We will then visit All Saints, Witley, which displays several periods of architecture.  Two double-splayed windows reveal the height of the original Saxon nave, though now Saxo-Norman with an interesting Norman doorway.  The chancel, crossing tower and south transept is Early Gothic, but the font and unusual piscina is later in the 13th century.  The 12th century wall paintings, depicting the life of the Virgin, are part of the school of painting connected with the Cluniac Priory at Lewes.

After lunch we will visit St Nicholas, Compton.  It has a Saxon tower, but one of the most amazing features of this church is a Romanesque two-storeyed sanctuary consisting of a vaulted chamber and a chapel above, which was added to the chancel in the late 12th century – the associated guard rail with this feature is one of the oldest pieces of woodwork in the country.  c.1180 the nave was also much enlarged with Romanesque influences in style.  However the font is Early Norman.

Click here for further information

Day School: Landnám: The Viking Settlement of Iceland

Landnám: The Viking Settlement of Iceland
A Day School by David Beard M.A.
Wednesday, 31st October 2012

This day school will use the evidence from archaeology, history and literature to examine the Viking settlement of Iceland.

Iceland is unique in Viking Age settlements in having near-contemporary written evidence of the Landnám (the ’land-taking’) in the form of the Landnámabók and the Islendingabók. These documentary sources, together with the evidence from recent archaeological excavations, give us a good insight into the nature of the settlement of Iceland.  In particular, the important series of excavations at Mosfell will be examined in detail.

The evidence of the Sagas, particularly the Islendingasögur, needs to be handled with care, but it can help to give a clearer picture of life in Iceland during the Viking Period as well as being enjoyable reading in its own right.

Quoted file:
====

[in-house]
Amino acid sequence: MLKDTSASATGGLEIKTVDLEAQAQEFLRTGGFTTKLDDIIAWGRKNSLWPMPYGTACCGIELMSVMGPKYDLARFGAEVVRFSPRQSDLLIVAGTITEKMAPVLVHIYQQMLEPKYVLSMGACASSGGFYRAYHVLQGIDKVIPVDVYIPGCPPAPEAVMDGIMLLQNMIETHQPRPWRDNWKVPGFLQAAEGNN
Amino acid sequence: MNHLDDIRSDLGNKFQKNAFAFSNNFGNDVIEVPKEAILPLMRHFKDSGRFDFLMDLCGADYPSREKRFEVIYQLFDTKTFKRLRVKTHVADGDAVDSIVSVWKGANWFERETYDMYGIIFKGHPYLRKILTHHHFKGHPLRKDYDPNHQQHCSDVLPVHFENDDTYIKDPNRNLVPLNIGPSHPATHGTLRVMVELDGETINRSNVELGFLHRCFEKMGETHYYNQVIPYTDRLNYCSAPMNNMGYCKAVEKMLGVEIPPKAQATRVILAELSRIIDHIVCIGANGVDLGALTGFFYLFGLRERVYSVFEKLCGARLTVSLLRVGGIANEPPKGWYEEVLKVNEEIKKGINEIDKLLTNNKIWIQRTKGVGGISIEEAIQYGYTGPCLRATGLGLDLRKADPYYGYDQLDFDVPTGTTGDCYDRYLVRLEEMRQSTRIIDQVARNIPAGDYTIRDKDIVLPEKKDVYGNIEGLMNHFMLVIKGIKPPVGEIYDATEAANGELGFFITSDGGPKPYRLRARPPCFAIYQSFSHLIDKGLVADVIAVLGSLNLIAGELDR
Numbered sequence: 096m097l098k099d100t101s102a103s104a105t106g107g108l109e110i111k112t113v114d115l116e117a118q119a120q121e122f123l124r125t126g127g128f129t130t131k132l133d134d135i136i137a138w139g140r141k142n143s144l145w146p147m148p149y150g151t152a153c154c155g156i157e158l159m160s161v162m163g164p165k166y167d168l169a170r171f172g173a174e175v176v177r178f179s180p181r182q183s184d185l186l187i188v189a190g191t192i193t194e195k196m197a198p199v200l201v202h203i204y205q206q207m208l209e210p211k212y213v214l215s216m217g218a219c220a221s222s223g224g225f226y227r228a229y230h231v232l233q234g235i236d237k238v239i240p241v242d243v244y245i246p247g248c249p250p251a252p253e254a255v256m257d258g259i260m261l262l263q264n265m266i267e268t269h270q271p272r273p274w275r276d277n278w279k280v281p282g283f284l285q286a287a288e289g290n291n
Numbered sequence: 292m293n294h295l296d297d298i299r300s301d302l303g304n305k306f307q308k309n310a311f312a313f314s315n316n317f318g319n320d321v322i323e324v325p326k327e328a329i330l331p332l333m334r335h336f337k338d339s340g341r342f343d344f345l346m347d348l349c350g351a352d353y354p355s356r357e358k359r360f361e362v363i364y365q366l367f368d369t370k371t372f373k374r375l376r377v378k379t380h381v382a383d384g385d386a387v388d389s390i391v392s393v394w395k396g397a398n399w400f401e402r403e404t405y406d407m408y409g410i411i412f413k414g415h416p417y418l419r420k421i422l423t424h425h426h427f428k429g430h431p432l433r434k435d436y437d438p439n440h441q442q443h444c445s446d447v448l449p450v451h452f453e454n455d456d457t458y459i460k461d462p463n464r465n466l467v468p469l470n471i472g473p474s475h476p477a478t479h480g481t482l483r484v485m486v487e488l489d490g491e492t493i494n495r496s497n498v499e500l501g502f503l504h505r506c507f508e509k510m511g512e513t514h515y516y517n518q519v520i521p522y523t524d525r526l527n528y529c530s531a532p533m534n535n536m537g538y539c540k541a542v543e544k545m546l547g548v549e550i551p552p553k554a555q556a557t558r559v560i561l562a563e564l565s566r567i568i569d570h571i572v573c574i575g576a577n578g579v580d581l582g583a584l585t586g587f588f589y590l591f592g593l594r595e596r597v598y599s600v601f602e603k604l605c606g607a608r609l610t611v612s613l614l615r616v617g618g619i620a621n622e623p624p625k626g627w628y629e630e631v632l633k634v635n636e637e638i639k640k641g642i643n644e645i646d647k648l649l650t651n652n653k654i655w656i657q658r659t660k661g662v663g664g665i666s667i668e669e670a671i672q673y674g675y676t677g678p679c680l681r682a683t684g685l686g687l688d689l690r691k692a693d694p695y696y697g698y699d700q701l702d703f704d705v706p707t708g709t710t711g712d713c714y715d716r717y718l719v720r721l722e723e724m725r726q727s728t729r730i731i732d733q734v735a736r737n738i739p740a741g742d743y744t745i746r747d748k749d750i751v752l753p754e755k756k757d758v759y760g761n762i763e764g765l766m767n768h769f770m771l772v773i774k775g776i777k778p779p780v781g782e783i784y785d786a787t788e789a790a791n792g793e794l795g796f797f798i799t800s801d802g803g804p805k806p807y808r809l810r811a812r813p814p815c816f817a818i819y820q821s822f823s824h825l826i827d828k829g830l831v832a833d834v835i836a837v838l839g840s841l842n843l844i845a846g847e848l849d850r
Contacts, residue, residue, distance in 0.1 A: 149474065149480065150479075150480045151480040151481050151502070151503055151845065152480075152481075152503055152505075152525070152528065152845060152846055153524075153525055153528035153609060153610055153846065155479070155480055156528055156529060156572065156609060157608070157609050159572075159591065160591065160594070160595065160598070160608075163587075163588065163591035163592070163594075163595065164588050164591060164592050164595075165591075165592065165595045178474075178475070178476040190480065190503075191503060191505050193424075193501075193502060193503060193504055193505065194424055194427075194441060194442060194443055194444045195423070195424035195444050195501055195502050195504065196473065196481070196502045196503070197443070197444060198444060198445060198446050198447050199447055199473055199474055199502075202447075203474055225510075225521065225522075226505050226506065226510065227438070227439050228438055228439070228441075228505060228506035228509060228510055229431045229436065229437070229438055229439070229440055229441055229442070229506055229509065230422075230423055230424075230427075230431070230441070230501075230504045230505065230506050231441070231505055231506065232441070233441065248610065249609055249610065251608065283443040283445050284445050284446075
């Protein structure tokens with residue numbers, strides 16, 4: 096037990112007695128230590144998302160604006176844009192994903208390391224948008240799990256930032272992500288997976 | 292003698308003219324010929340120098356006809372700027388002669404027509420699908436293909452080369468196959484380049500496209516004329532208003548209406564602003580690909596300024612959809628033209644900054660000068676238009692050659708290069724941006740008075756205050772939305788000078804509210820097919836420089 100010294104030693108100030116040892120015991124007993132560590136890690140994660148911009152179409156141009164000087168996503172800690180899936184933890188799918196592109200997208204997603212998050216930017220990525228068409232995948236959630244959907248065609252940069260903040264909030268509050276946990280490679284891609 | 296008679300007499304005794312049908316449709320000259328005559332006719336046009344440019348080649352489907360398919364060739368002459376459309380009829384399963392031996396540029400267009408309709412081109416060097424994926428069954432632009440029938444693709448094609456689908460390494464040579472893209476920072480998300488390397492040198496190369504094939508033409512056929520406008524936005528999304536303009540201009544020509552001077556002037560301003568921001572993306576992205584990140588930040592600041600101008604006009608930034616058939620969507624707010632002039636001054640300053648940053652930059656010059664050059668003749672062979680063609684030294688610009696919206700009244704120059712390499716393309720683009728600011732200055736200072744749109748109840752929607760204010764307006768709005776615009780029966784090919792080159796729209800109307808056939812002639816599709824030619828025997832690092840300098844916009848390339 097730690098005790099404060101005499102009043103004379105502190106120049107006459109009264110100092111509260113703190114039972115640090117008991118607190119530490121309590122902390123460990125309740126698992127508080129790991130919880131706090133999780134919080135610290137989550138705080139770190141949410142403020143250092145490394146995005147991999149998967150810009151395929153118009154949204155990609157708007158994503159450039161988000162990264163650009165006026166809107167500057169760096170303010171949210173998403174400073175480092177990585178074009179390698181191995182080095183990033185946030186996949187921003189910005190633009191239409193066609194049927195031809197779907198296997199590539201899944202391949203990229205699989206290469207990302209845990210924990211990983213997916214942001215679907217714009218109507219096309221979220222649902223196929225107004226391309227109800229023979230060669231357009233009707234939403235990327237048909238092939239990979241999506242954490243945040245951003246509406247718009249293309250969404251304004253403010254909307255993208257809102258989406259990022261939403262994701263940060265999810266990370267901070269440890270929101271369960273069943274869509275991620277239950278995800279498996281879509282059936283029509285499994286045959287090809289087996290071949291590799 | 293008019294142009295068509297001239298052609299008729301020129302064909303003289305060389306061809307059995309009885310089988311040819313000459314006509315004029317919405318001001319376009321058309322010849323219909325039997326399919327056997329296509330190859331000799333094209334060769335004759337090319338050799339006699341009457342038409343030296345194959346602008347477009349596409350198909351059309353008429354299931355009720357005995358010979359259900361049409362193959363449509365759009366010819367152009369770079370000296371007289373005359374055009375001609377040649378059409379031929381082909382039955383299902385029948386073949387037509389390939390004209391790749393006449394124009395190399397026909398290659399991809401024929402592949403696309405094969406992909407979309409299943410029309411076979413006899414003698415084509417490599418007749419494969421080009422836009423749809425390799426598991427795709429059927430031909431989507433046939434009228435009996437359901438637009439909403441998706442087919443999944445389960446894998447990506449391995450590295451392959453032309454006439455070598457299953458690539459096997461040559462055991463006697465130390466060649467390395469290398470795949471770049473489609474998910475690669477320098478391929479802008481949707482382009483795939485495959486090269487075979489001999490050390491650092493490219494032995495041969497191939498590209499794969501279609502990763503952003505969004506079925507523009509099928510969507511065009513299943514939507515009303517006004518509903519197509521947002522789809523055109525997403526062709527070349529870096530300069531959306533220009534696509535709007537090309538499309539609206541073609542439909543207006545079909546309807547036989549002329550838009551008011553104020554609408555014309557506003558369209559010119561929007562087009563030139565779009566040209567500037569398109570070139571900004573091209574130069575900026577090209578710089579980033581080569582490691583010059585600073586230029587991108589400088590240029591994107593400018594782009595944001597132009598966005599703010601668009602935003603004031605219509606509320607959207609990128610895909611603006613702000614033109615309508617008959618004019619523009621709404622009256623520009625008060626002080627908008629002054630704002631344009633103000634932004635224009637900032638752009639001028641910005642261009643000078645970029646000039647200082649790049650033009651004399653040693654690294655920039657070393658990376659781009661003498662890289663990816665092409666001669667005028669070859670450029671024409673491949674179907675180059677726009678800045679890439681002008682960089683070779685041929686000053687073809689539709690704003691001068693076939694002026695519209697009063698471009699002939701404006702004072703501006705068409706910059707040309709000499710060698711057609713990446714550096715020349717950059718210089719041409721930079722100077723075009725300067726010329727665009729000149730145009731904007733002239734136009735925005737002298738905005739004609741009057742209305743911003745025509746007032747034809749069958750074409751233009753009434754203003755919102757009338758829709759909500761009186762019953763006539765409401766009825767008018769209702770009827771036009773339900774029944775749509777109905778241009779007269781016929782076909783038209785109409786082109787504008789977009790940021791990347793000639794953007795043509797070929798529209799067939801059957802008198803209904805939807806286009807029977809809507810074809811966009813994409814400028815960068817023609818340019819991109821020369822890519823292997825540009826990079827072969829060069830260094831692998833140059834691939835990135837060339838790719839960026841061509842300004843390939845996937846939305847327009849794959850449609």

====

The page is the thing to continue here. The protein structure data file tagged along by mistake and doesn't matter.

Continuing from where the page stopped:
Click here for further information


The field trip to Surrey will be counted as the last of the 2011-2012 season.  Due to unforeseen circumstances the 2012-2013 Programme will be sent out in late October/November with the renewal of membership forms.
Friday, December 14th has been reserved for the Christmas Presidential Lecture and details will be confirmed in the forthcoming Programme.  The venue for our lectures will continue to be the Museum of London.
You may also wish to note the date of Saturday, 12th January 2013, as a tour around the Whitechapel Bell Foundry has been booked for EMAS.
The two EMAS Study Tours in 2013 will be to North Yorkshire (28 March-3rd April) and to Iceland (2nd-7th June).  Further details will be available in the near future.
I look forward to seeing members again soon.

With good wishes,

Rosemary Yeaxlee
24th September 2012

Sunday, August 5, 2012

EMAS Roman Field Trip to Wroxeter

This is the postponed June field trip to Roman Wroxeter in Shropshire.

Dr Roger White, Senior Lecturer at the Institute of Archaeology and Antiquity, University of Birmingham, will be our guide to the new construct of a Roman town house in the morning and to a general tour of this extensive Roman site in the afternoon.  Dr White was involved in the town house project and his guide book on the whole site has just been published.  I thought many members would like a chance to see this new construct.

Wroxeter began as an auxillary fort about a quarter of a mile south of the present site which became the tribal capital of the Cornovii as Viroconium Cornoviorum.  Absence of resettlement over Viroconium and limited stone robbing has resulted in fascinating remains and features on a very special site.  These remains are dominated by a large wall, known as Old Work, which is really part of a large aisled building that divided an exercise hall from a bath suite, erected in the second half of the second century.  There was a unique inscription found in the 1920s excavations recording the building of the civitas Cornoviorum under Hadrian in 130AD.  A copy of this and other finds are exhibited in the interesting museum on site.